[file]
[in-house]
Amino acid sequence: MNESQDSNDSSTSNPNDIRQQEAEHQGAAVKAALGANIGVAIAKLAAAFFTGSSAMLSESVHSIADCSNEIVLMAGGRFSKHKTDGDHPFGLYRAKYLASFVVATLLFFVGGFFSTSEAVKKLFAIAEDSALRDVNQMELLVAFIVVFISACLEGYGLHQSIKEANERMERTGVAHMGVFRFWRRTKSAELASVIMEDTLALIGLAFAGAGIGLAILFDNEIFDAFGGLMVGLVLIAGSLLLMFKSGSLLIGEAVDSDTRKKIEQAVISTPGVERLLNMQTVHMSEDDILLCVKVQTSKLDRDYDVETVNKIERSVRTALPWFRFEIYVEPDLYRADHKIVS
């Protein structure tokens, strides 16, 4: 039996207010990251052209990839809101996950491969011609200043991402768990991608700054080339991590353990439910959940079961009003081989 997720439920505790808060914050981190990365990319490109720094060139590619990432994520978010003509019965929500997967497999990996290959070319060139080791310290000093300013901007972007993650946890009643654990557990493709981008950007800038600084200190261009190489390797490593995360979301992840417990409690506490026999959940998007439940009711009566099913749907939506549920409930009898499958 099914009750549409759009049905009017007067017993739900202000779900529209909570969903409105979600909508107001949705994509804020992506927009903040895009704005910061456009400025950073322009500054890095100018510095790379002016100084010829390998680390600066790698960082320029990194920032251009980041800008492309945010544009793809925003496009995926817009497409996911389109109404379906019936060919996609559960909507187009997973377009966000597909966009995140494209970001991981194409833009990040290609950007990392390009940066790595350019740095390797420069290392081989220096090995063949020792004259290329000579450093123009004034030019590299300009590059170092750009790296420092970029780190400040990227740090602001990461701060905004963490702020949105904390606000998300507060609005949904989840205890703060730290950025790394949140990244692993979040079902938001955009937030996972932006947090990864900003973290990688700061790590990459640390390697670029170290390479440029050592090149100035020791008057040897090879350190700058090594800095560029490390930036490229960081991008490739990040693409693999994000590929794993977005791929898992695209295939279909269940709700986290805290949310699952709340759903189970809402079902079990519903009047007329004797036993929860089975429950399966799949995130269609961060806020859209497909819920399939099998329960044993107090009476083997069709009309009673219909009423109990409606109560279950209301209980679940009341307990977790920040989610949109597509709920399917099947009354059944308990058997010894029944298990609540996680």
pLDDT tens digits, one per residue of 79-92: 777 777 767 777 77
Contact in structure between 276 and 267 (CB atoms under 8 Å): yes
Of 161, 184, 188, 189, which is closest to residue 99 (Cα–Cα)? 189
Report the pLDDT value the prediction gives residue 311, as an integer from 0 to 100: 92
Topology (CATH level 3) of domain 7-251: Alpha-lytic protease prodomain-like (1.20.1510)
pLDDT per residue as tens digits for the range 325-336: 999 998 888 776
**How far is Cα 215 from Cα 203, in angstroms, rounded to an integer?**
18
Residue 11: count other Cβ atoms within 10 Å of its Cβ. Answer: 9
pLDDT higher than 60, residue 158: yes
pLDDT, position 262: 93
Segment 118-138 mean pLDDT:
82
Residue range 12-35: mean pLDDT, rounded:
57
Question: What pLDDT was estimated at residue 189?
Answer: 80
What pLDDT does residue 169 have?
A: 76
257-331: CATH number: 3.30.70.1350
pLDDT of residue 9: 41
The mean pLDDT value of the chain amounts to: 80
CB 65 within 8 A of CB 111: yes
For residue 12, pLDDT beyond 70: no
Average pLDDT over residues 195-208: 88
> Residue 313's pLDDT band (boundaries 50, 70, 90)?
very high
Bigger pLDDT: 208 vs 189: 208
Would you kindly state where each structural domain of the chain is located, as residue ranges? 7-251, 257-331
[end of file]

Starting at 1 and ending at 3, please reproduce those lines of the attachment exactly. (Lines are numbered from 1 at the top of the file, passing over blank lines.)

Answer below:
[in-house]
Amino acid sequence: MNESQDSNDSSTSNPNDIRQQEAEHQGAAVKAALGANIGVAIAKLAAAFFTGSSAMLSESVHSIADCSNEIVLMAGGRFSKHKTDGDHPFGLYRAKYLASFVVATLLFFVGGFFSTSEAVKKLFAIAEDSALRDVNQMELLVAFIVVFISACLEGYGLHQSIKEANERMERTGVAHMGVFRFWRRTKSAELASVIMEDTLALIGLAFAGAGIGLAILFDNEIFDAFGGLMVGLVLIAGSLLLMFKSGSLLIGEAVDSDTRKKIEQAVISTPGVERLLNMQTVHMSEDDILLCVKVQTSKLDRDYDVETVNKIERSVRTALPWFRFEIYVEPDLYRADHKIVS
């Protein structure tokens, strides 16, 4: 039996207010990251052209990839809101996950491969011609200043991402768990991608700054080339991590353990439910959940079961009003081989 997720439920505790808060914050981190990365990319490109720094060139590619990432994520978010003509019965929500997967497999990996290959070319060139080791310290000093300013901007972007993650946890009643654990557990493709981008950007800038600084200190261009190489390797490593995360979301992840417990409690506490026999959940998007439940009711009566099913749907939506549920409930009898499958 099914009750549409759009049905009017007067017993739900202000779900529209909570969903409105979600909508107001949705994509804020992506927009903040895009704005910061456009400025950073322009500054890095100018510095790379002016100084010829390998680390600066790698960082320029990194920032251009980041800008492309945010544009793809925003496009995926817009497409996911389109109404379906019936060919996609559960909507187009997973377009966000597909966009995140494209970001991981194409833009990040290609950007990392390009940066790595350019740095390797420069290392081989220096090995063949020792004259290329000579450093123009004034030019590299300009590059170092750009790296420092970029780190400040990227740090602001990461701060905004963490702020949105904390606000998300507060609005949904989840205890703060730290950025790394949140990244692993979040079902938001955009937030996972932006947090990864900003973290990688700061790590990459640390390697670029170290390479440029050592090149100035020791008057040897090879350190700058090594800095560029490390930036490229960081991008490739990040693409693999994000590929794993977005791929898992695209295939279909269940709700986290805290949310699952709340759903189970809402079902079990519903009047007329004797036993929860089975429950399966799949995130269609961060806020859209497909819920399939099998329960044993107090009476083997069709009309009673219909009423109990409606109560279950209301209980679940009341307990977790920040989610949109597509709920399917099947009354059944308990058997010894029944298990609540996680």